Renewable energy is considered one of the most effective tools to reduce global carbon emissions and fight climate change. However, building technologies like solar and wind power plants or electric vehicles (EVs) can be mineral-intensive.
Copper is considered an essential metal for renewables. The metal is highly conductive, can easily be shaped into pipes, wires, or sheets, and can remove heat far more rapidly than other metals. In fact, copper itself is a sustainable material. The metal is 100% recyclable and can be used repeatedly without any loss of performance.
Copper has long been a common component in most electrical wiring, power generation, transmission, distribution, and circuitry because of its high conductivity and durability.
New energy technologies, however, require even more copper. Photovoltaics (PV) solar power systems contain approximately 5 tonnes (t) per megawatt (MW) of copper, while grid energy storage installations rely on 2.7 to 3.6t per MW.
Solar isn’t the only renewable energy source that relies on copper, as a wind farm can contain between 4 million and 15 million pounds of copper.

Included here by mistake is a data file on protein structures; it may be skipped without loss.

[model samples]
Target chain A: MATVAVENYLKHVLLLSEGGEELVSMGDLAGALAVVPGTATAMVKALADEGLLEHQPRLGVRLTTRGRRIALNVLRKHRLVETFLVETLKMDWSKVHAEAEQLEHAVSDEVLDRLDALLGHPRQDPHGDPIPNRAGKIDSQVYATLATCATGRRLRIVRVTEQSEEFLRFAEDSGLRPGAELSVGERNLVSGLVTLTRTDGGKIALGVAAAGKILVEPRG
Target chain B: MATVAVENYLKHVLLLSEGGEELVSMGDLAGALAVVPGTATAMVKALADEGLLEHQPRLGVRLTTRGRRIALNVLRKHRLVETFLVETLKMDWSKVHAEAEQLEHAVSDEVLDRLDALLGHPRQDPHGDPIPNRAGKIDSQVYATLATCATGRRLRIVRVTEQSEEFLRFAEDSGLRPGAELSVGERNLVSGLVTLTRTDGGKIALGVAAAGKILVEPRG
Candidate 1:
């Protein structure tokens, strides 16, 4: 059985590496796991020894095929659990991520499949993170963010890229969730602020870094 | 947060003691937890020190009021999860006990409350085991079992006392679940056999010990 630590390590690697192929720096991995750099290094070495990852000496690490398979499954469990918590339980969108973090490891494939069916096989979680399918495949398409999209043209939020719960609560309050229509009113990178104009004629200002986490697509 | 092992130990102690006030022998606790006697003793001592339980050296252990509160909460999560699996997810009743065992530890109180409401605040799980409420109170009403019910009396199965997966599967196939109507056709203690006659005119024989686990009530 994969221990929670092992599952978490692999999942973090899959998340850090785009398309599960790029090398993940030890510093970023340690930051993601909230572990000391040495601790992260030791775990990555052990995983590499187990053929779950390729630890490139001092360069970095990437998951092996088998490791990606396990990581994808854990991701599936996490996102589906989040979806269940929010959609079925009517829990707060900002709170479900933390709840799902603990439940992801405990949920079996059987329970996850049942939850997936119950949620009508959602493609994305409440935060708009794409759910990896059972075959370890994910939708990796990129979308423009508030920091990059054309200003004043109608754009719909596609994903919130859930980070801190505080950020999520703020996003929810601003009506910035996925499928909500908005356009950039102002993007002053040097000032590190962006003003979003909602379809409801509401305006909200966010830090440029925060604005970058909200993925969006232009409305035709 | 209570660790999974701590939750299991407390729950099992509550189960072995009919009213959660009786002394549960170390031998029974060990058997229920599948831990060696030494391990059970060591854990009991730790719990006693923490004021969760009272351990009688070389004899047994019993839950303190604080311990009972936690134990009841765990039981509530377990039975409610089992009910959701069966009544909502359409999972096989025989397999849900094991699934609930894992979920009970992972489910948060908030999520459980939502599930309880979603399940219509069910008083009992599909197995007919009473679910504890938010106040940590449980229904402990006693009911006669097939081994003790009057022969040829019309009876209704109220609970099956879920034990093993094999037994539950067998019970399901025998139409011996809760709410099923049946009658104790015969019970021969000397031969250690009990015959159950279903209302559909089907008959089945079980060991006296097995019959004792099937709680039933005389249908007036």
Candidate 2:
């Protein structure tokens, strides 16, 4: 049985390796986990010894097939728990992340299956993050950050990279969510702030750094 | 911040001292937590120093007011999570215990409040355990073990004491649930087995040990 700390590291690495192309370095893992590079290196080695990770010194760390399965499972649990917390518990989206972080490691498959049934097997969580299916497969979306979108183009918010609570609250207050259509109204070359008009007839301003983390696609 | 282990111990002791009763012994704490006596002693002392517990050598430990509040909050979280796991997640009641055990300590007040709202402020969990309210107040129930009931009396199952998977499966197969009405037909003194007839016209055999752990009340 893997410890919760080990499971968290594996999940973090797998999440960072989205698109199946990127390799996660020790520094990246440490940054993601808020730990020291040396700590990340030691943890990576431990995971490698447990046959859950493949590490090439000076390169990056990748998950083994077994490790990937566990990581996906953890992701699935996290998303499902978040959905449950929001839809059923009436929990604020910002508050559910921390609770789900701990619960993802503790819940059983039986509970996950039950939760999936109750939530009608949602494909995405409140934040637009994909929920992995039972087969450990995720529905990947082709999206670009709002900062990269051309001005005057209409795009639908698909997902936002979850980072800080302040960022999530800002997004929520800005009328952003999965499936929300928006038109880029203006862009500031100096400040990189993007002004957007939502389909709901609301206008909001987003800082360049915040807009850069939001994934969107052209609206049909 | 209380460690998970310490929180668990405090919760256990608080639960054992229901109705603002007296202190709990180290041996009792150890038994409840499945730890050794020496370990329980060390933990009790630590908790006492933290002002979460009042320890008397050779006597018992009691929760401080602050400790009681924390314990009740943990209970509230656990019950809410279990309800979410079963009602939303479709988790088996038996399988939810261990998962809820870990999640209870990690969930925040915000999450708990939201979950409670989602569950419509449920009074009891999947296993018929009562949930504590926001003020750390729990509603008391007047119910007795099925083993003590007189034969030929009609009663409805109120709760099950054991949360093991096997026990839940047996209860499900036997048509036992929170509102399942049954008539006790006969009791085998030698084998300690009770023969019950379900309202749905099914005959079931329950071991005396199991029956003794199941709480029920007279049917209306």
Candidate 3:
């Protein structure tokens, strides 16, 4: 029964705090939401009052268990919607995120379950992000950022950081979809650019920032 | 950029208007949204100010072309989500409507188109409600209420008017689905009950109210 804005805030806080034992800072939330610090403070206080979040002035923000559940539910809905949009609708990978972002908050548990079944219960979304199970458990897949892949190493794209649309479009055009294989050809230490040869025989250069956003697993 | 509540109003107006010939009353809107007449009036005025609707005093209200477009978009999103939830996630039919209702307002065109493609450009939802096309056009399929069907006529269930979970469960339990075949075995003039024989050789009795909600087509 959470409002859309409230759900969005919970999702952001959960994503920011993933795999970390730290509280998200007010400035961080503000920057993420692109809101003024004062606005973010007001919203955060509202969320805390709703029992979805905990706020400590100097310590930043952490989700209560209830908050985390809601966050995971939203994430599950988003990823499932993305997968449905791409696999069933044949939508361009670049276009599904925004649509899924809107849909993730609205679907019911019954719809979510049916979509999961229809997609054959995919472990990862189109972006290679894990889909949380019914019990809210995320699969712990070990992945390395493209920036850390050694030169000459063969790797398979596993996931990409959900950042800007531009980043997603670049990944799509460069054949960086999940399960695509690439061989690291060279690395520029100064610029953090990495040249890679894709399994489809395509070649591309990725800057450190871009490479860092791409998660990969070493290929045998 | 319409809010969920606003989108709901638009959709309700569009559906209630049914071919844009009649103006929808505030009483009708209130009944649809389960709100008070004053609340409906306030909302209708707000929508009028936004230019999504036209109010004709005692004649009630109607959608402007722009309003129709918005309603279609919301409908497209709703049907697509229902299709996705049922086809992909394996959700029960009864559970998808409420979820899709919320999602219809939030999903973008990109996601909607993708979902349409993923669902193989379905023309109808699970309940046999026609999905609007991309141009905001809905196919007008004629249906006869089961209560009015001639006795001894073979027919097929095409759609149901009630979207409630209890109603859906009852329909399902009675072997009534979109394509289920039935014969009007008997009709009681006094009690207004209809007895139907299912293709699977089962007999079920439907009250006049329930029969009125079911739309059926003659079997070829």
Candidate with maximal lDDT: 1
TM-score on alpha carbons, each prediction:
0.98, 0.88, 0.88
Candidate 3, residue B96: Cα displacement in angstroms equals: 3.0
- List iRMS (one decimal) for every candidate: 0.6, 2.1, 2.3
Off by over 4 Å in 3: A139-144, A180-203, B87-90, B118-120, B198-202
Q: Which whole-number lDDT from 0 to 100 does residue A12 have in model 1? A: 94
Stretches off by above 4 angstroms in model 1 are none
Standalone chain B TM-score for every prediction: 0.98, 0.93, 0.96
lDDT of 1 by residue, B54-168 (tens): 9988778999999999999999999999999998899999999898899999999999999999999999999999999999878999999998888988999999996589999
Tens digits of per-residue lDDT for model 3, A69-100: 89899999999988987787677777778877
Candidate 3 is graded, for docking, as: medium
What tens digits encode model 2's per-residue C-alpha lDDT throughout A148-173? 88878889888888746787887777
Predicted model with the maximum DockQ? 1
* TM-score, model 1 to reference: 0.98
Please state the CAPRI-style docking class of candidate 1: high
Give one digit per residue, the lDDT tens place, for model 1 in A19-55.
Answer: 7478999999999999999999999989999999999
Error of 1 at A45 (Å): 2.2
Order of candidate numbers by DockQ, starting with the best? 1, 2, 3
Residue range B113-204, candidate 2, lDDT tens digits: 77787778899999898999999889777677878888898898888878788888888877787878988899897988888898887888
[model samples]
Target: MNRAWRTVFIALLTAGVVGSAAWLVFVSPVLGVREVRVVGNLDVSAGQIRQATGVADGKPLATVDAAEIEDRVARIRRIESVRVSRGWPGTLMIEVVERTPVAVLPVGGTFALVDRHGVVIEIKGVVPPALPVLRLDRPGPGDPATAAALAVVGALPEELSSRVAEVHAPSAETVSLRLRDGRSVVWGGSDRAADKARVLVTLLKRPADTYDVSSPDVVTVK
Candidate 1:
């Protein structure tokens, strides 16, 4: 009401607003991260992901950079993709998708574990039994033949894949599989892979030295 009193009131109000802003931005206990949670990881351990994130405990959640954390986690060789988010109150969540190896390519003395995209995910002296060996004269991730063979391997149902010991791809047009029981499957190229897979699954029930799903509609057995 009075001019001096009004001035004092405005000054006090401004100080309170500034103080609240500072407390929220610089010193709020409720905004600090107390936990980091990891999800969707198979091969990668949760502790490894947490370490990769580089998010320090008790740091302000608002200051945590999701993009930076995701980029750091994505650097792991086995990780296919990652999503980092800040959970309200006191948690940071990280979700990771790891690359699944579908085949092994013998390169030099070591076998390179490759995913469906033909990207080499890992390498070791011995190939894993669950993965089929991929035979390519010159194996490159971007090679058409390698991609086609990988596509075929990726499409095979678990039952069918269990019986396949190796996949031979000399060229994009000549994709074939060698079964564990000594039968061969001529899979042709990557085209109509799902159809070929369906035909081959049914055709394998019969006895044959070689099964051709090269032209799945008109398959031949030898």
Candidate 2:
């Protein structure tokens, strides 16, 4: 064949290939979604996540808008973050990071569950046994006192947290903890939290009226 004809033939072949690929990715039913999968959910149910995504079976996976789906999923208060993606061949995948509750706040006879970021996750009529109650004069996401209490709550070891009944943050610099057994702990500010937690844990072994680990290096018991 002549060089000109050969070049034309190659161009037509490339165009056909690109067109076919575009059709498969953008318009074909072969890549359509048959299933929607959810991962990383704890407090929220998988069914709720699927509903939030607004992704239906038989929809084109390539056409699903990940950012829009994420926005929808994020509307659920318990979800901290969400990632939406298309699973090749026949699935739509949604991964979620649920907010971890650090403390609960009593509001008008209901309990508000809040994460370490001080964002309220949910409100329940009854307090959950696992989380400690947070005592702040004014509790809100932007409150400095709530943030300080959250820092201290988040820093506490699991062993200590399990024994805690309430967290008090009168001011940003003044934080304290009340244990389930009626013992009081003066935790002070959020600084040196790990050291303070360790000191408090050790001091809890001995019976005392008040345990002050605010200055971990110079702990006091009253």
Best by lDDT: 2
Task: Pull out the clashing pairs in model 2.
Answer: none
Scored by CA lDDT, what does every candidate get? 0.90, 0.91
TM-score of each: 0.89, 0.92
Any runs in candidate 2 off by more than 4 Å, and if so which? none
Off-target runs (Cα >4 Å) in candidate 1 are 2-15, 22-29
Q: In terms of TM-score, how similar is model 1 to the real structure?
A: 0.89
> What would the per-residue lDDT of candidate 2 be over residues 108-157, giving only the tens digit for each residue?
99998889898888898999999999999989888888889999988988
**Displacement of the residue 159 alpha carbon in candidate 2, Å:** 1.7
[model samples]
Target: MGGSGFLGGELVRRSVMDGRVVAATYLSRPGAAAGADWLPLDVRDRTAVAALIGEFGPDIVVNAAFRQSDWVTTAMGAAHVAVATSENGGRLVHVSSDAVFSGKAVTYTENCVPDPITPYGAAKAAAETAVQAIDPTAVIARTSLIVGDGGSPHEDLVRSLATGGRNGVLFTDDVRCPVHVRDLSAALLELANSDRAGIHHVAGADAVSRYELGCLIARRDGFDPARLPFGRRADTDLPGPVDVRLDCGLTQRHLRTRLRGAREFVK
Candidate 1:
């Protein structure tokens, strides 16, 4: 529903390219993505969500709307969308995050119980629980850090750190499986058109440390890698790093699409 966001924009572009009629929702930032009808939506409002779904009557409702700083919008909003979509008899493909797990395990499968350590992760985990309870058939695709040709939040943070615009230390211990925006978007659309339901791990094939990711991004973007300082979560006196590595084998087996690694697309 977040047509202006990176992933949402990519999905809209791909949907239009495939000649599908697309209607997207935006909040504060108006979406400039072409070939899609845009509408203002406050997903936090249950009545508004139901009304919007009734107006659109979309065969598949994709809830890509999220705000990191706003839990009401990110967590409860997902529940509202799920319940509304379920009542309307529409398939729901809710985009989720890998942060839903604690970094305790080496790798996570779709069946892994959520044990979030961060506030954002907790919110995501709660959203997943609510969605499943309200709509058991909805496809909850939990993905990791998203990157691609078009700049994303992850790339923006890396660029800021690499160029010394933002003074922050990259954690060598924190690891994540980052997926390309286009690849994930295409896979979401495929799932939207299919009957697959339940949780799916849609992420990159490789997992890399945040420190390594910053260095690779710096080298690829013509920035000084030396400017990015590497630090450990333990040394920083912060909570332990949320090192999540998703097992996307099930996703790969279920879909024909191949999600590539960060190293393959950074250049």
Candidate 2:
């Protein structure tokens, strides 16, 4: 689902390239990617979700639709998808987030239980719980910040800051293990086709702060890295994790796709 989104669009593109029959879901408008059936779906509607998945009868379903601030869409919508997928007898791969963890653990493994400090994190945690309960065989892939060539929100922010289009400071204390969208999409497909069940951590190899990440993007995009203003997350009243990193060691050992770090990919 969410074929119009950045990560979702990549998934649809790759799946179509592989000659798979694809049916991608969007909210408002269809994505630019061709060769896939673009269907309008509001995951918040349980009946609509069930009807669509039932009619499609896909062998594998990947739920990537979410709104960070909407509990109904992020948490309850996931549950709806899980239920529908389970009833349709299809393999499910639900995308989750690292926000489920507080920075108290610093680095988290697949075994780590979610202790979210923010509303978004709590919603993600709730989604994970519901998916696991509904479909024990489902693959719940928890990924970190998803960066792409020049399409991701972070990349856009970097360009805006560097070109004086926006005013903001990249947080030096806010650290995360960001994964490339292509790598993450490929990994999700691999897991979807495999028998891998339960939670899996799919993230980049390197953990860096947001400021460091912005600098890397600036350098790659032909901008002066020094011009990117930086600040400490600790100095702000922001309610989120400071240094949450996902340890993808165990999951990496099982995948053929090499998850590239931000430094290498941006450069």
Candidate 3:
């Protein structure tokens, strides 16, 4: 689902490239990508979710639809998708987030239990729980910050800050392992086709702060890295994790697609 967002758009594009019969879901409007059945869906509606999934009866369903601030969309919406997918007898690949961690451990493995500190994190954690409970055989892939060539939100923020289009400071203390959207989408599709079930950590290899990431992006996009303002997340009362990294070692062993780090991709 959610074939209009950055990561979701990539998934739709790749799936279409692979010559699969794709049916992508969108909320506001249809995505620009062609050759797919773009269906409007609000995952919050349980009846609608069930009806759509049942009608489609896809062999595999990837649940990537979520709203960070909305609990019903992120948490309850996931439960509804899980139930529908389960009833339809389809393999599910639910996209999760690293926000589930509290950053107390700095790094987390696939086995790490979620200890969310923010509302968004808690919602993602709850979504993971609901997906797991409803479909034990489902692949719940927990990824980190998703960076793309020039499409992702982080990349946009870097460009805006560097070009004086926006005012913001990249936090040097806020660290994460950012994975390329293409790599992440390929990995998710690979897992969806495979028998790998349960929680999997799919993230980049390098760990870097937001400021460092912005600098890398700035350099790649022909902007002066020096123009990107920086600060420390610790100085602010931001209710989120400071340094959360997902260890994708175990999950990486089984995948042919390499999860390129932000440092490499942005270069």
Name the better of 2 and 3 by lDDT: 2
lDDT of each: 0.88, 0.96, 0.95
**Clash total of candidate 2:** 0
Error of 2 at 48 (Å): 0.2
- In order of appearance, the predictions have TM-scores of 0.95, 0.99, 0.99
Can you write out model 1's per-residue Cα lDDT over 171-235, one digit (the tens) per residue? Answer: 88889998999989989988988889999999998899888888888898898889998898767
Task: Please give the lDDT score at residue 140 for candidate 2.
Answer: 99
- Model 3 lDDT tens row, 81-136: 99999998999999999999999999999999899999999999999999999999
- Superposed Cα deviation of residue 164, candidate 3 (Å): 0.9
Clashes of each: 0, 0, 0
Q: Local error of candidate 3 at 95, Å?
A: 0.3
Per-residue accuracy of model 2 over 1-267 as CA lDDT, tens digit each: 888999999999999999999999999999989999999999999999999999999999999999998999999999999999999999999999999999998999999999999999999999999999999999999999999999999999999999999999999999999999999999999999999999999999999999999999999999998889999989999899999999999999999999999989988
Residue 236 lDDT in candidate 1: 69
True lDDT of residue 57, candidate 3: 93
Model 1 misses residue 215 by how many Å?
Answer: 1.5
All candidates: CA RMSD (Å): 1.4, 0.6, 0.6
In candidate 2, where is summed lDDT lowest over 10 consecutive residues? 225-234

The clean transport sector also consumes lots of copper. In fact, the metal is used in every major EV component, from the motor to the inverter and the electrical wiring.
While an average gasoline-powered car uses about 20 kg of copper, mainly as wiring, a fully electric car has roughly 80 kg of copper. Therefore, copper demand for EV batteries alone is expected to jump from 210K tonnes in 2020 to 1.8M tonnes in 2030.
[Click here for an interactive chart of copper prices]
But demand for the metal won’t just come from the cars themselves. Copper used for EV charging stations is also expected to rise more than 1,000% by 2030, compared to 2020.
As the world moves towards alternative energy sources, copper will remain in high demand.
Even though the metal is 100% recyclable, recycling alone will not be enough to meet demand and ensure a stable supply of copper. Continued mining for new copper will be needed.
(This article first appeared in the Visual Capitalist)